first time, at the High Mountain Archaeological Museum in the nearby town of
In the new research, Dr Taylor, his colleague Andrew Wilson and others have
now examined hair taken from the Maiden and the Boy for isotopes of carbon,
nitrogen, oxygen and hydrogen. Isotopes are atomic variants of particular
elements, and their relative abundance in hair, can reveal detailed
information about an individual’s diet and where he or she once lived.
The study, which is published in the journal Proceedings of the National
Academy of Sciences, shows that the children spent much of their lives
eating a diet composed primarily of vegetables, such as potatoes, which
indicates a peasant background.
In the 12 months before their deaths, however, both children’s hair shows
that they started to receive maize, which was considered a food of the
elite, and animal protein, almost certainly from dried llama meat known as
“By examining hair samples from these unfortunate children, a chilling story
has started to emerge of how the children were ‘fattened up’ for sacrifice,”
Dr Wilson said.
“Given the surprising change in their diets and the symbolic cutting of
their hair, it appears that various events were staged in which the status
of the children was raised. In effect, their countdown to sacrifice had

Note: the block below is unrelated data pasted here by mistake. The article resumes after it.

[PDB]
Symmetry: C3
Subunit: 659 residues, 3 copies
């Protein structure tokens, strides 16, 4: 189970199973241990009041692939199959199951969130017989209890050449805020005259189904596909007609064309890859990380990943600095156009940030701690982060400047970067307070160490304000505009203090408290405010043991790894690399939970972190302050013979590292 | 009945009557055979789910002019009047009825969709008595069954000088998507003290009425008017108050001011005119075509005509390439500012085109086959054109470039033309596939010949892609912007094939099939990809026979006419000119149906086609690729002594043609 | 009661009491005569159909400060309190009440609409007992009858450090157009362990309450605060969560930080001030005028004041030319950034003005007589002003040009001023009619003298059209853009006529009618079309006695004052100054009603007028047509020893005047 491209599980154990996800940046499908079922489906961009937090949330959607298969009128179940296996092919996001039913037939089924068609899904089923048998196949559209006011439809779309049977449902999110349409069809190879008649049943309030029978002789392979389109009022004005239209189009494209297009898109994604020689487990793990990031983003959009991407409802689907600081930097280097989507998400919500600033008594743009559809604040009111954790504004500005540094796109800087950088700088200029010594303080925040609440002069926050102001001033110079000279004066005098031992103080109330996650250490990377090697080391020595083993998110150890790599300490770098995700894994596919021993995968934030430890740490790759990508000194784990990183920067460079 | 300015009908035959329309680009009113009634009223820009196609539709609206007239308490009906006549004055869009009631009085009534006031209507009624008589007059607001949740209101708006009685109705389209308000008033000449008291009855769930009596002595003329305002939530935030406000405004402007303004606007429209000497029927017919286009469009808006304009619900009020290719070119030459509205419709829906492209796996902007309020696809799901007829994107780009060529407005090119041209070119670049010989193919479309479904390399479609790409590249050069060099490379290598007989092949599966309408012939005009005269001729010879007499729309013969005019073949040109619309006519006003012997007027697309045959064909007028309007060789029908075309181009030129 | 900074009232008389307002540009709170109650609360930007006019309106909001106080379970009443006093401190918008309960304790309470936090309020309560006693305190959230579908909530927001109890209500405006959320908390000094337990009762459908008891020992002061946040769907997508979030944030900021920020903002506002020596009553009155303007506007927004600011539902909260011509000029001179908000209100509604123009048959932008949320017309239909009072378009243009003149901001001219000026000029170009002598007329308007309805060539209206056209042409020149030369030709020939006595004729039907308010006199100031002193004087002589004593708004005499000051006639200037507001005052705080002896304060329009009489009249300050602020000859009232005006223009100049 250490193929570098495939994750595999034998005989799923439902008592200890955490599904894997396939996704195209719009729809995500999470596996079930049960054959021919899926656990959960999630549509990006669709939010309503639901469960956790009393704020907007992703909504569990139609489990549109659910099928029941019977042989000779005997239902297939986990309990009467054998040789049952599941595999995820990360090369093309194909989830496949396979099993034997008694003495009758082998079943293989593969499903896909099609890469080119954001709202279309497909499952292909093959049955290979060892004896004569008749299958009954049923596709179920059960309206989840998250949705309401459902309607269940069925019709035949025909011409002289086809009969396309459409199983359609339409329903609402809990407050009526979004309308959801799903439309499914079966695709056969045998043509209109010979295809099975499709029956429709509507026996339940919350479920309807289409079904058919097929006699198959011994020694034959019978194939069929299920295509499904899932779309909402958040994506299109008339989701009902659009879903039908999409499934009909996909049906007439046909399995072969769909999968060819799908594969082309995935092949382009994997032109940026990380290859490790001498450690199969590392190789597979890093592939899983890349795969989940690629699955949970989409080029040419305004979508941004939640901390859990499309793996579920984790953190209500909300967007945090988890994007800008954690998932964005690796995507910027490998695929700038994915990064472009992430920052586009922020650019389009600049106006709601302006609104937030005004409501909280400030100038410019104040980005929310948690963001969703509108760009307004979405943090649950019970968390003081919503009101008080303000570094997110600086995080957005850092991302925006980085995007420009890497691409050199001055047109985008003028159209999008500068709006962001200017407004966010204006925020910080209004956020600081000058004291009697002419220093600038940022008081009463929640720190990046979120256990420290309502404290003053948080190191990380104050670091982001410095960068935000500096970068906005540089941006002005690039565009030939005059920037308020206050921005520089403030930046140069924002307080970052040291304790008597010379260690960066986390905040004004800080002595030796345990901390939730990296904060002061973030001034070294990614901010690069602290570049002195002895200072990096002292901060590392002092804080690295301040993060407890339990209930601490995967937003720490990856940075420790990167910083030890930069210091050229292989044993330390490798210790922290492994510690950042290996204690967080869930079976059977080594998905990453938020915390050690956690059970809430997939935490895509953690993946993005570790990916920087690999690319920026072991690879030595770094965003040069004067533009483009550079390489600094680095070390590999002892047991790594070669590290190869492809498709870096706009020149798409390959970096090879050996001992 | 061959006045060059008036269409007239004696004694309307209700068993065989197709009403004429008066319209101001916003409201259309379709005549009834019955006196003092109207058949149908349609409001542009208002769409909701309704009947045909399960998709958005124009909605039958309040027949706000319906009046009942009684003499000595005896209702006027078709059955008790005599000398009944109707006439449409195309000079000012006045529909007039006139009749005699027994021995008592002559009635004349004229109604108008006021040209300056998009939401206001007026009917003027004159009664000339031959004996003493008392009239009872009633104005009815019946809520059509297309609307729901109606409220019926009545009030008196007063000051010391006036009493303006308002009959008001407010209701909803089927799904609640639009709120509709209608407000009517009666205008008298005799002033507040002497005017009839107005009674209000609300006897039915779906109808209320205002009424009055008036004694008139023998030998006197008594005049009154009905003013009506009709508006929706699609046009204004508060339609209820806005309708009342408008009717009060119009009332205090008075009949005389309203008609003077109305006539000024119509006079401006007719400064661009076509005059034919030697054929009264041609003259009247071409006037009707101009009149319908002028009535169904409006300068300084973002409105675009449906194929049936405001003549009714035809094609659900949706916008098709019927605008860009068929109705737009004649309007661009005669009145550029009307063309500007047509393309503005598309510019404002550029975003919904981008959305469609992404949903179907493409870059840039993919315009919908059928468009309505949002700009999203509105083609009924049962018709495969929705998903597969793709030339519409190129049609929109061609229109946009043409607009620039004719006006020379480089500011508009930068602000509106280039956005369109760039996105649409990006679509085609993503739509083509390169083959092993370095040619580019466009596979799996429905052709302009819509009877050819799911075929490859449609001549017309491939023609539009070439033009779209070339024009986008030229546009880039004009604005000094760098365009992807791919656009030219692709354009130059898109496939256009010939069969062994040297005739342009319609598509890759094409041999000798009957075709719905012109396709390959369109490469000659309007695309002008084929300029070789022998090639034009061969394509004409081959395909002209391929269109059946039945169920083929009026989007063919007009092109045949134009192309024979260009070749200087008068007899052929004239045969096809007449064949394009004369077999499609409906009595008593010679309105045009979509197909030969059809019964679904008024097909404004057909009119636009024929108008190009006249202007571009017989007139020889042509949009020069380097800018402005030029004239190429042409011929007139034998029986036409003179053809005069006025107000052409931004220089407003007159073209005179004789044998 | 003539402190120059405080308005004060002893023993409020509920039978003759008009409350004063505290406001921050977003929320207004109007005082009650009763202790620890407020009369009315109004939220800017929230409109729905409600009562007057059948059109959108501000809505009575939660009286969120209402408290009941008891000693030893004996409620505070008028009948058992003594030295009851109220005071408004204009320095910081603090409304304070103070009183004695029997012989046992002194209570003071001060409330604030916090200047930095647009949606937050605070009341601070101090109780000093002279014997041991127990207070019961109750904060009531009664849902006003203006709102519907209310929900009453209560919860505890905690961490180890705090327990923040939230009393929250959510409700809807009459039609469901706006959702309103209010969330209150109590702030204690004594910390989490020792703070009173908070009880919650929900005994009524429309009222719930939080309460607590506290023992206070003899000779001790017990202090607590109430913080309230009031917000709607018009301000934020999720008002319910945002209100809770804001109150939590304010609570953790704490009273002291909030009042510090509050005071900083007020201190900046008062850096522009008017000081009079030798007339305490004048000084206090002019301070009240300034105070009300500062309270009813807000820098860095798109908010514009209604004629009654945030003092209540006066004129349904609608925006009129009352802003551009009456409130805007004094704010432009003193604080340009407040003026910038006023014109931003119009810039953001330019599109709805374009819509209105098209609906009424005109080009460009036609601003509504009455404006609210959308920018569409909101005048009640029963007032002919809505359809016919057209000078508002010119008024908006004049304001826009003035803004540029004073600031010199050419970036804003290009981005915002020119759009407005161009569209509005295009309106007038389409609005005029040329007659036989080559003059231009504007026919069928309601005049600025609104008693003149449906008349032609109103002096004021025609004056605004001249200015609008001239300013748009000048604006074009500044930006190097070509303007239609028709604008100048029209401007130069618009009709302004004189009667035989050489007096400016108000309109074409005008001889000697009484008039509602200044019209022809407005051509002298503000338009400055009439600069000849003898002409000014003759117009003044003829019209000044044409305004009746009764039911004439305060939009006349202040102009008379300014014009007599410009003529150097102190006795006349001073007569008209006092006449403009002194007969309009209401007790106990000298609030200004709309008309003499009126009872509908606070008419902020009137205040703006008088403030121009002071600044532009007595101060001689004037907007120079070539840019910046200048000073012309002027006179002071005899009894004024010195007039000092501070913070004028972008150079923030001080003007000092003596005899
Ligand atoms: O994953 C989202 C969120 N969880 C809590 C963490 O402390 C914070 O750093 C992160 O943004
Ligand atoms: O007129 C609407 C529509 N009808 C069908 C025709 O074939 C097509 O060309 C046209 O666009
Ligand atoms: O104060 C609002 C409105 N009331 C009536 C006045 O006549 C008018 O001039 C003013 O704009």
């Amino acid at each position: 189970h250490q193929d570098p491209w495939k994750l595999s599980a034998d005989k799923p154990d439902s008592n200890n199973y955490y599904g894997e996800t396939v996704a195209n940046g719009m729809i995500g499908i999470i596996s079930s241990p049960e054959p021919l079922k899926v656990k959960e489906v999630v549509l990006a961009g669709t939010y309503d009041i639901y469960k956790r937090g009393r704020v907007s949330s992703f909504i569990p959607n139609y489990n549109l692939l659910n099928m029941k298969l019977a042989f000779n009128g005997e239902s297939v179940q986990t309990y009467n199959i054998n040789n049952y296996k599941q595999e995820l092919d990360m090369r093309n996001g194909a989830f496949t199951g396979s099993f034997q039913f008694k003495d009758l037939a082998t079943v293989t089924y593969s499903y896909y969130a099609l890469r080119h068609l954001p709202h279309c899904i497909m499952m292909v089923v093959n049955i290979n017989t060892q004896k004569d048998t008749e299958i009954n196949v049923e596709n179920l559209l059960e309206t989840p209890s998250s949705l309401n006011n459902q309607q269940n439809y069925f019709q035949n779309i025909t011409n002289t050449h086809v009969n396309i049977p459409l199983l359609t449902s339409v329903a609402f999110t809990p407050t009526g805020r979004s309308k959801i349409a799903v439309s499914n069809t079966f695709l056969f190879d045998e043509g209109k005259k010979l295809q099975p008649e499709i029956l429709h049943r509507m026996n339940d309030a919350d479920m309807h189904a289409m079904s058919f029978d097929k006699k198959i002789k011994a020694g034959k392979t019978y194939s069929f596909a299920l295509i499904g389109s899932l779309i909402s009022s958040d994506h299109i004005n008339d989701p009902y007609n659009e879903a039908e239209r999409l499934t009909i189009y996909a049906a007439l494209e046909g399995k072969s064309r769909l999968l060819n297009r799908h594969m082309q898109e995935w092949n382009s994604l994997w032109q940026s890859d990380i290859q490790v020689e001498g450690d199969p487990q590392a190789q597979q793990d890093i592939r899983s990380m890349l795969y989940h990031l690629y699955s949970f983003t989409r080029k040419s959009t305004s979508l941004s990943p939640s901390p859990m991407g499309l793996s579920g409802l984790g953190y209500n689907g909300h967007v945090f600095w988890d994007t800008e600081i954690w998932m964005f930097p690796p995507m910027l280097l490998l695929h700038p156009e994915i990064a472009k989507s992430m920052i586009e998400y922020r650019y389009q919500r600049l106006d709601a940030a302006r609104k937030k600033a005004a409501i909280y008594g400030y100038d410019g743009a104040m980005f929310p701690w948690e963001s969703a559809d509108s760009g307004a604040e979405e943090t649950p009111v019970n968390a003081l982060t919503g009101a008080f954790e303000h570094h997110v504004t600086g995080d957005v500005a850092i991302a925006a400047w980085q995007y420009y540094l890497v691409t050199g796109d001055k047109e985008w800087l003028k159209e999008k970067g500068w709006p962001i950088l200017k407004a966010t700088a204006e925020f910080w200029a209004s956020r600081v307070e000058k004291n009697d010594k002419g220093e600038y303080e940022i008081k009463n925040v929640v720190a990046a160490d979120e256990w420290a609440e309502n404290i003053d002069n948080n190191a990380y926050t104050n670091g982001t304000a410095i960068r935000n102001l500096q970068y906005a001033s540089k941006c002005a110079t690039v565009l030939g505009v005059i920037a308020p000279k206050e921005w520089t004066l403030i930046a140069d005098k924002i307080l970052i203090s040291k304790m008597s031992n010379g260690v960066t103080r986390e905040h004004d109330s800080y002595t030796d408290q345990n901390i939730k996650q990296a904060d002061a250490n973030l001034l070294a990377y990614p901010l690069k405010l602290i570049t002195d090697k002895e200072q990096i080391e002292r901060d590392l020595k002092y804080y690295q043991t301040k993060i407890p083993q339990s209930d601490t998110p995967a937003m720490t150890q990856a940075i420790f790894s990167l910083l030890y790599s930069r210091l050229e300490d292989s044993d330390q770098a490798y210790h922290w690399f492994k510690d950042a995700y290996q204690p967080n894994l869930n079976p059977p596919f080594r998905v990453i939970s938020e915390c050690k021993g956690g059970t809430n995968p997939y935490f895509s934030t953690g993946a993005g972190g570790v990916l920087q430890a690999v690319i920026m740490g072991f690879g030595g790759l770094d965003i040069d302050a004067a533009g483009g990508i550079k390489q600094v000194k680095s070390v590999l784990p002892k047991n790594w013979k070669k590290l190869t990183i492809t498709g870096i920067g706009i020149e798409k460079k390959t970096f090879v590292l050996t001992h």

begun some considerable time prior to death.”
The hair isotopes show a further change in the children’s lifestyle about
three to four months before they died, which suggests that is when they
began their pilgrimage to the volcano, probably from the Inca capital, Cuzco.
It is thought that the children were given maize beer or chicha and coca
leaves, both to alleviate the symptoms of altitude sickness and to drug them
into compliance with their fates. Byproducts of coca metabolism have been
found in the hair of the children, with particularly high concentrations in
the Maiden’s. As the oldest, she may have had more idea about what was about
to happen to her.
It is known that the Incas who conquered the indigenous tribes of the Andes
chose the sons and daughters of local rulers and particularly attractive
children for sacrifice. Some girls, known as acllas, were chosen at the age
of around 4 and raised by priestesses. Some would be offered as wives to
local nobles, others would become priestesses and others would later be